Movie Review: The Loved Ones
Rating: NR (Not Rated)
Length: 84 minutes
Release Date: November 4, 2010
Directed by: Sean Byrne
Stars: 3 out of 5
With a tag line like "Prom Night Can Be Torture," audiences are probably thinking that "The Loved Ones" is a lot like the horror film "Carrie." Though both of the movies are centered on prom and get pretty bloody, they are actually quite different. Comparing this movie to "Carrie" does it a disservice because few movies can match up to the brilliance of the 1976 classic. When judged without comparison and only on its own merits, "The Loved Ones" is a good, if slightly disturbing, film.
The movie begins with young Brent (Xavier Samuel), who is a high school student. He is driving with his dad next to him in the passenger seat when he sees something bloody in the road. Unsure of what it is, he swerves to miss hitting it and loses control of the vehicle. When he wakes up, he is alive, though worse for wear. His father, unfortunately, is dead.
Brent suffers what seems like endless guilt over the death, which he feels was his fault. Even though people try to tell him that it wasn't his fault, he can't seem to get over it and walks around in a depressed state. Even his best buddy Jamie (Richard Wilson) can't seem to cheer him up. It isn't until he meets the beautiful Holly (Victoria Thaine) that he begins to recover.
Holly instantly likes Brent and is caring enough to want to help him get over his father's death. This is exactly what he needs, and the two begin dating. Brent finally begins to come out of his shell and seems on the road to recovery. Of course, this is a horror flick, and we are only a few minutes into the movie, so Brent can't live happily ever after yet.
As Brent is falling for Holly, the deranged Lola (Robin McLeavy) has been admiring him from afar. She finally works up the courage to ask him out to the prom. He already has a date with Holly, so he says no to Lola. He isn't rude or mean about it, but Lola doesn't see it that way. In her sick, twisted mind, he spurned her. They say hell hath no fury like a woman scorned, and Lola aims to prove that cliché to be true.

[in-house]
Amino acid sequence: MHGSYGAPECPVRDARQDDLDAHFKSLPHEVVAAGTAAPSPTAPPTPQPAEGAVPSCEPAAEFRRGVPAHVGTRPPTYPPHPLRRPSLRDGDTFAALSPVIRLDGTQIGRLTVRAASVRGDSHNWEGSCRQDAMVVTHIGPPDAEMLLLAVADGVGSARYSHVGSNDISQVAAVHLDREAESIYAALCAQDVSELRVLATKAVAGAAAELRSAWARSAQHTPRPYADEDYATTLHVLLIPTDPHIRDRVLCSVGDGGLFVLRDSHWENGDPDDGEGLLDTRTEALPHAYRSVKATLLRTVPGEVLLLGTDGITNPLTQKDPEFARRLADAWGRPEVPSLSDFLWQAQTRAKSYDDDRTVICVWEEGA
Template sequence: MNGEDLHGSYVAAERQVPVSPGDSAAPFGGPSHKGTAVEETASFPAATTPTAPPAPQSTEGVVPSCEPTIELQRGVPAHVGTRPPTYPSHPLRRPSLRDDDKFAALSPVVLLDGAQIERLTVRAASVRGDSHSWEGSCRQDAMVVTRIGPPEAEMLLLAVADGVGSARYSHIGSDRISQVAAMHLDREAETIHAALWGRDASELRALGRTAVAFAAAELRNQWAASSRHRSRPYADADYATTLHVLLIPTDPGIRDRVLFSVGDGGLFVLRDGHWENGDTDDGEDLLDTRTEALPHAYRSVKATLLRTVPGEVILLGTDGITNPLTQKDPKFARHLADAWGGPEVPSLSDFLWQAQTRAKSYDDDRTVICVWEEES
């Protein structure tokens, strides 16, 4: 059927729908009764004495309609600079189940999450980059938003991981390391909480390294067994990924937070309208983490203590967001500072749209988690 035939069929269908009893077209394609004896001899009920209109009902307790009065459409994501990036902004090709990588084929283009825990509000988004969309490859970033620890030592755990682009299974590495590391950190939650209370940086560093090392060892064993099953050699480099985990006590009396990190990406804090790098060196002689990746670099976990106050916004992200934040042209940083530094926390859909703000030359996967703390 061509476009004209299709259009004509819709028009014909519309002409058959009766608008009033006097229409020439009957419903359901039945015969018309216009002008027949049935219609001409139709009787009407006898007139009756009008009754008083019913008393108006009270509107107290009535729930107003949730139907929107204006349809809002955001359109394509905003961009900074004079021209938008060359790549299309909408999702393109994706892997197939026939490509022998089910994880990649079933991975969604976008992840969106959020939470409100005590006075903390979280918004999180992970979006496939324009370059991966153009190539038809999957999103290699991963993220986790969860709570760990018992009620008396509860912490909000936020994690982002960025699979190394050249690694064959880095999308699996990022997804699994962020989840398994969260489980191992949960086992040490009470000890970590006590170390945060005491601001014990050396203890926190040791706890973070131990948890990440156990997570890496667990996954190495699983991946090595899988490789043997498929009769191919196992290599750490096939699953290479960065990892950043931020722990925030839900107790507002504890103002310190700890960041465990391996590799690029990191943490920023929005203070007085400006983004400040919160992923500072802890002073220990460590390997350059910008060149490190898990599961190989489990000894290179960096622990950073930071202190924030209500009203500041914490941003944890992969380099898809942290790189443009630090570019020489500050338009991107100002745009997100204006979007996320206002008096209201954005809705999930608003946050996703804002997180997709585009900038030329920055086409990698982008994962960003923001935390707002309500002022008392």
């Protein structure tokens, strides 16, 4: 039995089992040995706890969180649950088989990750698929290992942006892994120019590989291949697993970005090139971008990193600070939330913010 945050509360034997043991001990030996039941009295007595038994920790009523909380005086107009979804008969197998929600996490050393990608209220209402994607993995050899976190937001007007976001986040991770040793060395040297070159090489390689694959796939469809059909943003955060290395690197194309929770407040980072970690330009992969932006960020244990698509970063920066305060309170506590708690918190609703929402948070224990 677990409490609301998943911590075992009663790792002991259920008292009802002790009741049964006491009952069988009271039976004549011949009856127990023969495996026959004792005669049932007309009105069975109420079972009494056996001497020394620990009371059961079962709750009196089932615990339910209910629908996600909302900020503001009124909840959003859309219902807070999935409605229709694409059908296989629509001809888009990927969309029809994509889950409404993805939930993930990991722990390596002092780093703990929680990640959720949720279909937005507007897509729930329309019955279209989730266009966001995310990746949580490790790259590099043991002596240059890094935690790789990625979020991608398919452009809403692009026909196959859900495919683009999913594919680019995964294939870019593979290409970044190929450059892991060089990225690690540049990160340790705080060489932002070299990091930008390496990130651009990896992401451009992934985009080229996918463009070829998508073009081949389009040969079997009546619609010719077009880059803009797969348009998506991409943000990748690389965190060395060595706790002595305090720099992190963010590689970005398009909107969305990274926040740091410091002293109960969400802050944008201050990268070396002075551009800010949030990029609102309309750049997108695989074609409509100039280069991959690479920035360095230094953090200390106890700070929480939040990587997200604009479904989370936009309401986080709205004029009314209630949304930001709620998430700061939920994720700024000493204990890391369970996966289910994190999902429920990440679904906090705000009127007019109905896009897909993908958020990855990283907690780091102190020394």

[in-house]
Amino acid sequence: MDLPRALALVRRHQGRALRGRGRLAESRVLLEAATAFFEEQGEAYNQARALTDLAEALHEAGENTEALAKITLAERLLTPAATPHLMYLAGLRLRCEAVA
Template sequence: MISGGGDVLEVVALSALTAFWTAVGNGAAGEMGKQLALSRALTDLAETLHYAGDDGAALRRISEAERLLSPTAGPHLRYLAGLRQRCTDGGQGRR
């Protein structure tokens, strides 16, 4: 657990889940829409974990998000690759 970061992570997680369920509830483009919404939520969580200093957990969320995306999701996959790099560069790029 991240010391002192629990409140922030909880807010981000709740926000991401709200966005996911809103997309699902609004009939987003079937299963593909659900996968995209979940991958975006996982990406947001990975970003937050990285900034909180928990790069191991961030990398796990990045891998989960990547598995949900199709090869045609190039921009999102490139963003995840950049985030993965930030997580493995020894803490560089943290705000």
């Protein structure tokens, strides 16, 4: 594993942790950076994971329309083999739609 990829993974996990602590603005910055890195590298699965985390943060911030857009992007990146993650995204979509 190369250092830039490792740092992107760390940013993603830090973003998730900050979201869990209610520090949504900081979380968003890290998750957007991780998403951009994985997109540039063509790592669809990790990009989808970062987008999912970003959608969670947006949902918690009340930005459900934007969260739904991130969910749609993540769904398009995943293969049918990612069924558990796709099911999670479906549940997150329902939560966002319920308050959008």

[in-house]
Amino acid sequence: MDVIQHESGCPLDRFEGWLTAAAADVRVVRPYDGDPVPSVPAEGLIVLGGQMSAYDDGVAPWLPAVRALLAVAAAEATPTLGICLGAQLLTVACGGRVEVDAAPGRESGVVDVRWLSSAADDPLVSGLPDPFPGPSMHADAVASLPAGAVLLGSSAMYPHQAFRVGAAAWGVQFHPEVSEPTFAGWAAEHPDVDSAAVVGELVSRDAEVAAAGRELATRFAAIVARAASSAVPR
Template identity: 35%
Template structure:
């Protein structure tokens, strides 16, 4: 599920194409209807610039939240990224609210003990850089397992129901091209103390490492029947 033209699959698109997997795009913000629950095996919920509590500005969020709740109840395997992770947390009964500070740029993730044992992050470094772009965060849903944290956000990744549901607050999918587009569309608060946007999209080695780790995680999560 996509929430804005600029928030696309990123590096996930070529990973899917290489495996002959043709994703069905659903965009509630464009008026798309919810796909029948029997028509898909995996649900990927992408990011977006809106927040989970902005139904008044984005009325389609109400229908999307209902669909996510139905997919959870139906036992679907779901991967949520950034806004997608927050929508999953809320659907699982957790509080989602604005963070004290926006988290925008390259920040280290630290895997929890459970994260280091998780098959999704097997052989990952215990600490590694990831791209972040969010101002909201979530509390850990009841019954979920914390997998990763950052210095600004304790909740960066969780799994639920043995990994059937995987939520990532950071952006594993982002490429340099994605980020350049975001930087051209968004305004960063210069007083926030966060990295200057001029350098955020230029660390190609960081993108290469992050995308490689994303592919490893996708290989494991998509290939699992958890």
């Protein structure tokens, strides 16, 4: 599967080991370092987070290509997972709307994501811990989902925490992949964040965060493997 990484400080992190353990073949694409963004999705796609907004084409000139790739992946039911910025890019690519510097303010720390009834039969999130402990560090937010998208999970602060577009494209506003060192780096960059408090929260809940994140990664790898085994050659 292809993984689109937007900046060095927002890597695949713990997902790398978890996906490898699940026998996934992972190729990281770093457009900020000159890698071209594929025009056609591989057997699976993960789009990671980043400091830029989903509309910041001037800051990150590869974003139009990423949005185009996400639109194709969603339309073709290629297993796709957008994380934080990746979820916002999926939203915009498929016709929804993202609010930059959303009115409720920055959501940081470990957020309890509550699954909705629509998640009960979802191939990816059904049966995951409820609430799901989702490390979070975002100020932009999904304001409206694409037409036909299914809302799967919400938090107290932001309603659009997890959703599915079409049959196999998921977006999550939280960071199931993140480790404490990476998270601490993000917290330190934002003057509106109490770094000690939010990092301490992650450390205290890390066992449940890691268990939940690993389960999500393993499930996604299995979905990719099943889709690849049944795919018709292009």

Lola lives in a secluded cottage out in the woods, one that seems tailor-made for a horror film. It is in an area where nobody will hear you scream, yet close enough to civilization to make escape plausible. She lives there with her equally deranged father, Eric (John Brumpton), who she convinces to kidnap Brent. She lies and tells him that Brent has done her wrong, although because of her skewed worldview, it is never clear if she lied on purpose or if she thought she was telling the truth.
What follows is a series of torture scenes that will make even the most seasoned horror fans squirm. Some are done in slow motion to really show viewers just how painful this all is. It starts out relatively tame, with Lola drawing a heart on Brent's chest, then using a knife to carve her initials into it. Yes, that is the tamest thing that happens to him. Everything else is completely hardcore, with some scenes as inventive as they are gruesome.
Director Sean Byrne finds a way to make Lola somewhat sympathetic, even as she continues to torture poor Brent. Part of that is due to the performance of McLeavy, who infuses Lola with a teenage vulnerability that is reminiscent of some of the best John Hughes movies. We know she is doing wrong, but we feel sorry for her because she clearly needs help.
Byrne also wrote the screenplay, which he sprinkles with some comedy. He clearly knew that there needed to be some breaks from all the bloody torture scenes so he formulated a subplot where Jamie is attending the prom with a Goth girl. Because he is a socially awkward nerd, there is plenty of comic relief dispersed between the gory scenes taking place simultaneously in Lola's house.
It almost seems cruel to put Brent through all of this physical torture when he spent the last six months going through psychological torture. As a result, viewers will no doubt sympathize with Brent and want to see him escape Lola's grasp before she kills him. Whether that happens or not will keep viewers on the edge of their seat. That is, when they are not flinching or closing their eyes as they watch Lola take out all her pathos on an increasingly desperate Brent.